Achievement in the Crosshairs

Wednesday, November 20, 2013

Thomas Sowell writes about something I am particularly concerned about as a parent: the war on achievement being fought by the left. Although the following is more of an aside within his column, it struck a chord with me:

The length to which this kind of thinking -- or lack of thinking -- can be carried was shown in a report on various ethnic groups in Toronto. It said that people of Japanese ancestry in that city were the most "privileged" group there, because they had the highest average income.

What made this claim of "privilege" grotesque was a history of anti-Japanese discrimination in Canada, climaxed by people of Japanese ancestry being interned during World War II longer than Japanese Americans.
On top of what Sowell points out in the second paragraph, this astounding and deliberate misuse of language manages to righteously commit injustice on many levels at once (evidence, reasoning, or contradictory goals be damned): (1) to deprive individuals of recognition for their achievements, (2) to assert that individuals exist only as parts of groups to which they are members from birth, (3) to assign personal guilt through association, and (most important) (4) to claim justification for the enslavement of some groups by others.

On of the most important things a parent must do is encourage one's child to set and achieve goals. Although I was already aware that I'd have to navigate through our "every kid gets a trophy" culture, I have noticed that it is possible (and common) to heap inappropriate praise on children. (This is even on top of accounting for what even very young ones can realistically accomplish.) It is almost impossible, for example, to look at modern children's programming that does not treat individual effort as if it doesn't exist or divorce effort from reward. So I guess that if I help her see though this nonsense or she does so herself, we can look forward to the same battle again, from a slightly different angle, later on. The progression seems to be: empty praise, hooray for the group, pillage groups that have more than your own. Forewarned is forearmed.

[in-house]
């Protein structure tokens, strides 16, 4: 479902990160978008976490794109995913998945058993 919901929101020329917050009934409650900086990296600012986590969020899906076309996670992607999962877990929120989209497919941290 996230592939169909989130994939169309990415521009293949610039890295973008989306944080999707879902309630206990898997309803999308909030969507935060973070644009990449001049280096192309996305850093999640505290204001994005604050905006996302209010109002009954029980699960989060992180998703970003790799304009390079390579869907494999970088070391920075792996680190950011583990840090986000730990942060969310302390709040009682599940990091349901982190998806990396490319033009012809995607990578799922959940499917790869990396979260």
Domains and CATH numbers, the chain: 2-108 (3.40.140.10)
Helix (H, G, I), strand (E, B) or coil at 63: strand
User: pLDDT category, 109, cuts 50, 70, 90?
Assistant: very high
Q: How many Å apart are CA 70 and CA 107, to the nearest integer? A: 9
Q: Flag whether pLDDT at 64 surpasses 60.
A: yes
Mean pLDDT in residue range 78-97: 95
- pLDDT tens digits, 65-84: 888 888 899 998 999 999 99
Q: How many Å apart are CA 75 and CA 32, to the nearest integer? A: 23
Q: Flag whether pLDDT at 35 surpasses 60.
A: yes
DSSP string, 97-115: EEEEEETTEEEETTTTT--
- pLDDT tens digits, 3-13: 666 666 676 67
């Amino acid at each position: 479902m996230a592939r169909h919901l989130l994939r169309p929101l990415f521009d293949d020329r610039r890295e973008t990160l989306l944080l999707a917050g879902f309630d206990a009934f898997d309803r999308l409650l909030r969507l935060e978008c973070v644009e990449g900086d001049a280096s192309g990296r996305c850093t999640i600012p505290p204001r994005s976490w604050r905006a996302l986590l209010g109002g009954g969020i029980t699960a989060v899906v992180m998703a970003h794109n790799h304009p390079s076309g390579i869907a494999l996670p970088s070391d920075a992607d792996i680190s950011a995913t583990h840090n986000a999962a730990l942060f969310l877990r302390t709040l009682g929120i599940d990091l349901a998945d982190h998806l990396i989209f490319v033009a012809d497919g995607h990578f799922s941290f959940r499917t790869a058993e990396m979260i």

On a much more positive note, the rest of the Sowell piece brings up an inspirational story you probably haven't heard of yet. Do read the whole thing.

-- CAV

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